The endomorph diet: Is the best way to lose weight based on your body type?

Designed for shorter people with bigger bones and 'slower' metabolisms, the endomorph diet is making a comeback. Here's what you need to know.
Healthy lunch bowl with greens, avocado, cherry tomatoes, radish, boiled egg, and shrimp on white background
The endomorph diet is one option that breaks down your daily meals based on your body type.Getty Images stock

Thousands of books and generalized diet programs have been designed to help people lose weight, and yet, the obesity and preventable chronic disease rates continue to rise. If current projections become a reality, almost half of us will be obese by 2030, according to a study led by Harvard T.H. Chan School of Public Health. What if the perfect diet was less about the food involved and more about the individual? The endomorph diet is one option that breaks down your daily dose of meals based on your body type. Though the concepts behind the diet lack strong data, it’s making a comeback in the ever-changing world of weight-loss remedies.

What is the endomorph diet?

In the 1940s, researcher and psychologist William Herbert Sheldon defined three body types (ectomorph, mesomorph and endomorph) that could be assigned to an individual. The last body type, endomorph, was defined as a body that was shorter in stature with larger bone structure. Sheldon defined endomorphs as “round and soft.” The endomorph structure was commonly associated with a slower metabolism and a propensity to hold onto fat over muscle. Sheldon explained that this made the endomorph more likely to struggle with weight loss. His work was initially embraced (he even identified personalities to each body type) but was later deemed controversial.

A breakdown of the diet

The diet focuses on defining the right mix of macronutrients rather than restricting calories. People following the diet should derive 30% of their calories from carbohydrates, 35% from protein and 35% from fats. They’re also encouraged to focus on fiber-rich foods, healthy fats and an avoidance of sugar and refined carbohydrates. However, recommendations on specific foods and eating frequency are not defined.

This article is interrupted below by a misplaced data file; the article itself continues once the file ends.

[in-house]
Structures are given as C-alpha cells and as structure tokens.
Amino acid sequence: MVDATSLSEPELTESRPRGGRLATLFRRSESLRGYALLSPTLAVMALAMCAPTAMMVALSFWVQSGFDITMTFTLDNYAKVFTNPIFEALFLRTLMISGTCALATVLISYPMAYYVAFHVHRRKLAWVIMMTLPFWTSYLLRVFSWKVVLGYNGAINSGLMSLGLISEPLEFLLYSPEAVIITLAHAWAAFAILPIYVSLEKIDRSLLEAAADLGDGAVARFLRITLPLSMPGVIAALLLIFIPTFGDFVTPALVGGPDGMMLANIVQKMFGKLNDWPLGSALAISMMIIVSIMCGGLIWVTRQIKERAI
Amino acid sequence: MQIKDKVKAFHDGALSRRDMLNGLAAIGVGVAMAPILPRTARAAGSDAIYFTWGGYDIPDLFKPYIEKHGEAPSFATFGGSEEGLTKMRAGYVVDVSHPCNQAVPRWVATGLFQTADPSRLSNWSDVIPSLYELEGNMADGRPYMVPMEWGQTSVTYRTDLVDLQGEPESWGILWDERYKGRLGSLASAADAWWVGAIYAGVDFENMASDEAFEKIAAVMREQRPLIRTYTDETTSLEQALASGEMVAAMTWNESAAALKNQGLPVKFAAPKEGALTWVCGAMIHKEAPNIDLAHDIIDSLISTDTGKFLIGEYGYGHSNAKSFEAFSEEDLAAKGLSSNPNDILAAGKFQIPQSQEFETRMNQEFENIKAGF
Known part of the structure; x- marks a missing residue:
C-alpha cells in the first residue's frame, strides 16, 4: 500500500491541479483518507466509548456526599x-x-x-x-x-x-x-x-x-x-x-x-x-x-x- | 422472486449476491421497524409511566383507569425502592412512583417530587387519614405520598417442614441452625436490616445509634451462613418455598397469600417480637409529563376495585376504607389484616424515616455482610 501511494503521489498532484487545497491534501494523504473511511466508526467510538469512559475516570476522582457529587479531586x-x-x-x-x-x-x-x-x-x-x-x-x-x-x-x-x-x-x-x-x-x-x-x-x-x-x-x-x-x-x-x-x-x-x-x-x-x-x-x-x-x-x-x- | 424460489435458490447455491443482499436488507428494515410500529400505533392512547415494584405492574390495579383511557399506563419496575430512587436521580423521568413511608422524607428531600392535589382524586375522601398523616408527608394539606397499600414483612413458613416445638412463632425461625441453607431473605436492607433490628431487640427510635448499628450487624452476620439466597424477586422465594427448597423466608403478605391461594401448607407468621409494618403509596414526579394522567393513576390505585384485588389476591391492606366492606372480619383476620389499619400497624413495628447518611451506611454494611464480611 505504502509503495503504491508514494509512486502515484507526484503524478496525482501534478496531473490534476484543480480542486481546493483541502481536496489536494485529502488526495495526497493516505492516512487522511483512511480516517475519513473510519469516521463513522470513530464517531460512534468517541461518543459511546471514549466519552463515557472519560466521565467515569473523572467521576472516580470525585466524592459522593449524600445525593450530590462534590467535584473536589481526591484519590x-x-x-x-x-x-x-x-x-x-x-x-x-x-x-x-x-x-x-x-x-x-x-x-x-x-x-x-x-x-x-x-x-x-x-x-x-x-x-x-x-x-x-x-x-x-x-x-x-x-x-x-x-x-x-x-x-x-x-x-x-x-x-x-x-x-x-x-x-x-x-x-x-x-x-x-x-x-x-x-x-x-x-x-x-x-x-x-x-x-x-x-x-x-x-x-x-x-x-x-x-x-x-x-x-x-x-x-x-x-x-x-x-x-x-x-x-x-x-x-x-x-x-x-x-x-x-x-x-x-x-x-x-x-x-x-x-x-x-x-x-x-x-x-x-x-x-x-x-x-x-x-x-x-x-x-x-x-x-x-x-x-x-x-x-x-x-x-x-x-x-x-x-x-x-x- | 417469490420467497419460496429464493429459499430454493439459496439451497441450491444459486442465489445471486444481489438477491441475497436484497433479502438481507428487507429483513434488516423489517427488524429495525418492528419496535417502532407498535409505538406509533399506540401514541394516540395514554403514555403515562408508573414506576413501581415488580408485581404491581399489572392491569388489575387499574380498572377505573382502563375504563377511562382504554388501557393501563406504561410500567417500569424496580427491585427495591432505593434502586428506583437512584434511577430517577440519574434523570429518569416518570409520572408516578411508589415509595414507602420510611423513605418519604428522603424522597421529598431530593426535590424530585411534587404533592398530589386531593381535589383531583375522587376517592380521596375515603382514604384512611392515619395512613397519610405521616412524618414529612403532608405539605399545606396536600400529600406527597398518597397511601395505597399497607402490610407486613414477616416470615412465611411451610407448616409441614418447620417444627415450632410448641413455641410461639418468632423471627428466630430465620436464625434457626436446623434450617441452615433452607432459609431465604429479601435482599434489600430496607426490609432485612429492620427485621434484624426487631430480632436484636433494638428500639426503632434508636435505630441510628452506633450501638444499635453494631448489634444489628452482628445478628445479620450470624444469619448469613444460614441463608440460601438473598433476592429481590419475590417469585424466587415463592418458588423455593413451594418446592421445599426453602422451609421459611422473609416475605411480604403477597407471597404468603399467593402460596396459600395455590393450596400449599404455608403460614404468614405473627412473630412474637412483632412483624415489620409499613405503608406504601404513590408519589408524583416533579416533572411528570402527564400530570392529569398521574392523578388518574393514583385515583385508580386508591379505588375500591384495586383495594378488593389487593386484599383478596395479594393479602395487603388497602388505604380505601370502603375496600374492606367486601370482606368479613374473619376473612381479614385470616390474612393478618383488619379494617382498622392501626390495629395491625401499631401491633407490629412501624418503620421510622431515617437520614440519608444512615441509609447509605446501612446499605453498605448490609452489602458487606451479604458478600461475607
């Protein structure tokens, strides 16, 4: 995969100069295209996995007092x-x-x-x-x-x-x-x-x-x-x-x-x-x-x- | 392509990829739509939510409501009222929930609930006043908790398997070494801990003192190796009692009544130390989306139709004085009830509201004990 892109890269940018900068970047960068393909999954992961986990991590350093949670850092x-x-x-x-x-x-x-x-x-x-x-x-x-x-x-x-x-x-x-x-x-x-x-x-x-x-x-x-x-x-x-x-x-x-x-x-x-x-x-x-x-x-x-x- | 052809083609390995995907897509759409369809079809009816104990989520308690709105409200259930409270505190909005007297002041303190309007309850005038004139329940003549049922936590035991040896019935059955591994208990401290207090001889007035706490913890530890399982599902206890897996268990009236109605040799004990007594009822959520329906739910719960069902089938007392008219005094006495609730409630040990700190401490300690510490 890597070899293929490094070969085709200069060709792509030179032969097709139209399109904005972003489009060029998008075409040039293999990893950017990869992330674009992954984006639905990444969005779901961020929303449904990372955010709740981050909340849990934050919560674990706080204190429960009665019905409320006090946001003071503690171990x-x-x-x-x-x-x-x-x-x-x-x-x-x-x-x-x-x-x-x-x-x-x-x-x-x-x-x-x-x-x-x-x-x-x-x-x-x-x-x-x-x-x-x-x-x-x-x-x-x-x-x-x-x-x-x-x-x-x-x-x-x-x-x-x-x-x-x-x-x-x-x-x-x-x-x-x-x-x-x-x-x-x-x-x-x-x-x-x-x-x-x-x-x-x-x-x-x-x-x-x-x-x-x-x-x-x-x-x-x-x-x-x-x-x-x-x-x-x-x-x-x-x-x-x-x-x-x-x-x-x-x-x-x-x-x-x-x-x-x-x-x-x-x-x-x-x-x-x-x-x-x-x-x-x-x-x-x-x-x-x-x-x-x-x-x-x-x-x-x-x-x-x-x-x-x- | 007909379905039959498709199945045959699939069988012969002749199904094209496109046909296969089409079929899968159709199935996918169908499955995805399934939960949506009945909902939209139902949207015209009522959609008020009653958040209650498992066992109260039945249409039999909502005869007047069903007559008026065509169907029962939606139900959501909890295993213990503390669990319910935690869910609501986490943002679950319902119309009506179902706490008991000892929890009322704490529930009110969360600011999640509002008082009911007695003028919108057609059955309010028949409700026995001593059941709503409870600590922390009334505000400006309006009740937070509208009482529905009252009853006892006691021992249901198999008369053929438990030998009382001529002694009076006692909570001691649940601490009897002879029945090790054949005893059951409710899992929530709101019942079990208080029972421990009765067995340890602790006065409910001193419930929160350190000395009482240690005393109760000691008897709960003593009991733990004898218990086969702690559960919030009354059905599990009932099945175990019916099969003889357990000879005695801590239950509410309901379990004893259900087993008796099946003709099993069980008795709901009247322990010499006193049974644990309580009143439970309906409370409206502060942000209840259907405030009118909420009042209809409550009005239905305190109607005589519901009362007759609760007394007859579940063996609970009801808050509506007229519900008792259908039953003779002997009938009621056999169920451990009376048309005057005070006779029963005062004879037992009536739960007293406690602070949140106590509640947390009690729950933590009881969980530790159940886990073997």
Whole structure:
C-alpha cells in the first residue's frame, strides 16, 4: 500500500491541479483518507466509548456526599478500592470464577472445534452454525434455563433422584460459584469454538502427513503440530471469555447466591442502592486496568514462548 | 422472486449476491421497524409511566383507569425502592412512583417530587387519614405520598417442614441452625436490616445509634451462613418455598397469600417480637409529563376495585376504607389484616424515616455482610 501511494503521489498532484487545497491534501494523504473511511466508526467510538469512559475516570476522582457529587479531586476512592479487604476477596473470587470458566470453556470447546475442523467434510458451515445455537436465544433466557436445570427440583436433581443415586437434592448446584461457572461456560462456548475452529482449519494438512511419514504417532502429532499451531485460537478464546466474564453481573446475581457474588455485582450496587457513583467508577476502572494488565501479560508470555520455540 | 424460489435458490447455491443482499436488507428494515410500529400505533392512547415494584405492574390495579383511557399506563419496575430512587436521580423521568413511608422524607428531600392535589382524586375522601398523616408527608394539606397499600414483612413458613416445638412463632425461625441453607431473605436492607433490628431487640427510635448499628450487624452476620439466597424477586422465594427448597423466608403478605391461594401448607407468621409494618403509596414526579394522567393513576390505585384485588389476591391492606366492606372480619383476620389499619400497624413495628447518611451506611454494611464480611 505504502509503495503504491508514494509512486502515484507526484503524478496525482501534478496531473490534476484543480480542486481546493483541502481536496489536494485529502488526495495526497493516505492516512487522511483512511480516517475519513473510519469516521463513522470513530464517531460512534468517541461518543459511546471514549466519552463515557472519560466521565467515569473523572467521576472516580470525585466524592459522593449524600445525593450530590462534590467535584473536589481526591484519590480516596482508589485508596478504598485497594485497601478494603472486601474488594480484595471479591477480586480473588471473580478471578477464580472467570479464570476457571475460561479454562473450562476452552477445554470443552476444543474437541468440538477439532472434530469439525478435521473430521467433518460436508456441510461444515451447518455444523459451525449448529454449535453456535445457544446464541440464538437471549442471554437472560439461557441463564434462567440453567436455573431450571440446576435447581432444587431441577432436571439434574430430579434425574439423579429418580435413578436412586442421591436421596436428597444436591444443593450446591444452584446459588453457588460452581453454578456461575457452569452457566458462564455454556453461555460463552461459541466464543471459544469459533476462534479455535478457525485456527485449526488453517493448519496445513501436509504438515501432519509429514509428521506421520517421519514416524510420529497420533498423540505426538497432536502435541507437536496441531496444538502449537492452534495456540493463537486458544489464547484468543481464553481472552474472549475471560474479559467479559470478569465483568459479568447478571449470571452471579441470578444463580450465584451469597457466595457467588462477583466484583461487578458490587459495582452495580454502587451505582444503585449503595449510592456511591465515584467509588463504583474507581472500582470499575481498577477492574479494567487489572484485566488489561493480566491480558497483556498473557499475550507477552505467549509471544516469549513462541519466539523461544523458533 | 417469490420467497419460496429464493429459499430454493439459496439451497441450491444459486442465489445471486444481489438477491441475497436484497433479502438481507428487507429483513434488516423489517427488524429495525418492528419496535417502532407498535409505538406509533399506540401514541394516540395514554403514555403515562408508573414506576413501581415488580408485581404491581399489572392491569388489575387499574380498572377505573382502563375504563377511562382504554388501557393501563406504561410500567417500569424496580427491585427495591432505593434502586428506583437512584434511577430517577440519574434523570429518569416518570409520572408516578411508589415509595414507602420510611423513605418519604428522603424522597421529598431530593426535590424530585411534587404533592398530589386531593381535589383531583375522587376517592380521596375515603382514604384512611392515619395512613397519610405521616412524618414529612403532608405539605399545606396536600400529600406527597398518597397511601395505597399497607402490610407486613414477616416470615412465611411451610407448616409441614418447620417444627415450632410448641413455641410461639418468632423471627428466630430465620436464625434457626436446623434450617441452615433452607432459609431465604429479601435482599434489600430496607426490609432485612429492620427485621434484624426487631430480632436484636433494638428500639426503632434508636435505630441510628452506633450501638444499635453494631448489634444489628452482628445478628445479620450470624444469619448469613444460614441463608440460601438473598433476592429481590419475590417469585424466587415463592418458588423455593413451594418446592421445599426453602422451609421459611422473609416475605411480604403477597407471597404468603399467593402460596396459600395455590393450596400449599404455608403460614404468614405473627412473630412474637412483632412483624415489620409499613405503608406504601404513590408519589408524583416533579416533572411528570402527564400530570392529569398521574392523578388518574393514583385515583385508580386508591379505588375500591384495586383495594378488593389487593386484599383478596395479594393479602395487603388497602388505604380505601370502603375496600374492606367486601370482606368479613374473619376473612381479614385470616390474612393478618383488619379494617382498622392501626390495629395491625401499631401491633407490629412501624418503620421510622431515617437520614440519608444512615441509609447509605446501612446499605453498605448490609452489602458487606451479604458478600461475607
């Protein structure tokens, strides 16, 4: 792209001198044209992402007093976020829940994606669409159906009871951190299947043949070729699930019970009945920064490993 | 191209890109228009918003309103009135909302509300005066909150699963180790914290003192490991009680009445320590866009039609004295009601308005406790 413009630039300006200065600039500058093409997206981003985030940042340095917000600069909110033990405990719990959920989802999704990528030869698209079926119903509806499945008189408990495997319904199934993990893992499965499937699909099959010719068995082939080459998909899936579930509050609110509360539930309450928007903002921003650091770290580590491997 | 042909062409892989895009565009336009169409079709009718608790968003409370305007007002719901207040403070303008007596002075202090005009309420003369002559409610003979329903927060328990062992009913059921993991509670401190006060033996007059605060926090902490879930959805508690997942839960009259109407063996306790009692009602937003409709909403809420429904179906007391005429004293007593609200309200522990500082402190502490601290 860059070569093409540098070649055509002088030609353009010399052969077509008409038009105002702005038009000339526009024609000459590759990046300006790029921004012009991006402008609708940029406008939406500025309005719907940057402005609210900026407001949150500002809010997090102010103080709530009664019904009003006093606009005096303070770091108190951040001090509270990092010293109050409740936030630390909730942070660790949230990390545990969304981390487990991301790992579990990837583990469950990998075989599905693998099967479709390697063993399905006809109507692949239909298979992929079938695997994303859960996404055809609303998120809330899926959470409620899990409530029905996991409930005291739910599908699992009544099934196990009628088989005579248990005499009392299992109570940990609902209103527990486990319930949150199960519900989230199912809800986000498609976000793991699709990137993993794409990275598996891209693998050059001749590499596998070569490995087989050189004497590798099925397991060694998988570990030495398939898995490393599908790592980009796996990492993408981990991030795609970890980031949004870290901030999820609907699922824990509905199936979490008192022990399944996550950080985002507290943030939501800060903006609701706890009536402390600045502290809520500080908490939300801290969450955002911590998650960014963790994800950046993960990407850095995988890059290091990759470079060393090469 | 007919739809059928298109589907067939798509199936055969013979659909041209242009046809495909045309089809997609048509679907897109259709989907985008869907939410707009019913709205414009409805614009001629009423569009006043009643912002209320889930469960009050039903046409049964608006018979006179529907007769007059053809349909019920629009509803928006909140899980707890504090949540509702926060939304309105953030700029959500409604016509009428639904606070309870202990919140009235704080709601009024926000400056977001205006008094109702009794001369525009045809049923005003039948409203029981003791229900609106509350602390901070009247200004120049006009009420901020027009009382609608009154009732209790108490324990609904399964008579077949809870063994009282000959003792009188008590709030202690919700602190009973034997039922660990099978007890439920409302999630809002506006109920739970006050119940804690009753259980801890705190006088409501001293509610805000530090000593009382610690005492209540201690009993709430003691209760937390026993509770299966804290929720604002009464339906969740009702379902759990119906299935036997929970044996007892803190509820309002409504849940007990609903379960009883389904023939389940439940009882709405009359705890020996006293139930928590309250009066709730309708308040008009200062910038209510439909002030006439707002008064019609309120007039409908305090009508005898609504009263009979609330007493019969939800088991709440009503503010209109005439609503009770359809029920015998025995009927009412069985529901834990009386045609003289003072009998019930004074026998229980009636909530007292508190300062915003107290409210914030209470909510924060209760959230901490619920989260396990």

Mascha Davis, a registered dietitian, founder of Nomadista Nutrition and author of the newly released book "Eat Your Vitamins," thinks that the breakdown of macronutrients in the endomorph diet could be effective for individuals struggling to lose weight since the plan focuses on increasing fiber and protein. She cautions, however, that the diet still makes a lot of generalizations, and therefore, it’s not an approach she would recommend to her clients. There are other ways to create a more personalized eating plan. Davis prefers an individualized assessment and nutrigenomics test, which assesses genes related to diet, weight, cardiac health and fitness. She believes this method yields more personalized results. Finally, in addition to not being customized enough, Davis suggests that the endomorph diet ignores a lot of other factors like genetics, blood work, personal history, stress and sleep.

The science behind the diet

The data linking dietary behaviors, success in weight loss, metabolism and body type is limited. Only a few studies citing the potential characteristics of an endomorph body type exist. Further, the lack of personalization inherent in the diet is a concern. Ashley Koff, a registered dietitian and the CEO of the Better Nutrition Program, says that the premise of "slow metabolism," or the struggle to gain muscle or lose weight, can be grouped together as a "symptom" or "condition" for which there is a singular approach defies what we know about the human body. She goes on to say that a focus on macronutrients alone without digestive health and micronutrient intake — and further looking at lifestyle choices — belongs in the 1980s, not 2020.

Short term fix, or long-term solution?

Based on previous research on lower carbohydrate approaches, the diet may be beneficial for certain individuals who are more prone to carrying excess fat in the belly region, and thus, more prone to insulin sensitivity. But taking the macronutrient breakdown and translating it into a dietary plan means working with a practitioner who can assess your total nutrition intake within the context of your current health, medical history and lifestyle choices. Koff says that science alone won't tell us what is better for humans. It can give insights that practitioners can then use to personalize recommendations. She recommends a digestive assessment as a first good step and states that no results can be gained without better digestion, regardless of body type.

Weight loss depends on many things. Both Davis and Koff agree that the long-term success and sustainability of this diet for individuals is questionable. Your environment, gut health, disease status and even who you socialize with can impact your ability to lose weight and keep it off. The endomorph diet is similar to paleo without limitations on legumes, grains and dairy. So, altering paleo plans to include more high-fiber complex carbohydrates, non-starchy vegetables, healthy fats and limited red meat may be a good starting place.

In the end, the perfect diet is most likely the one you can successfully stay on long term. Living longer and better may be more impactful than getting back into your skinny jeans.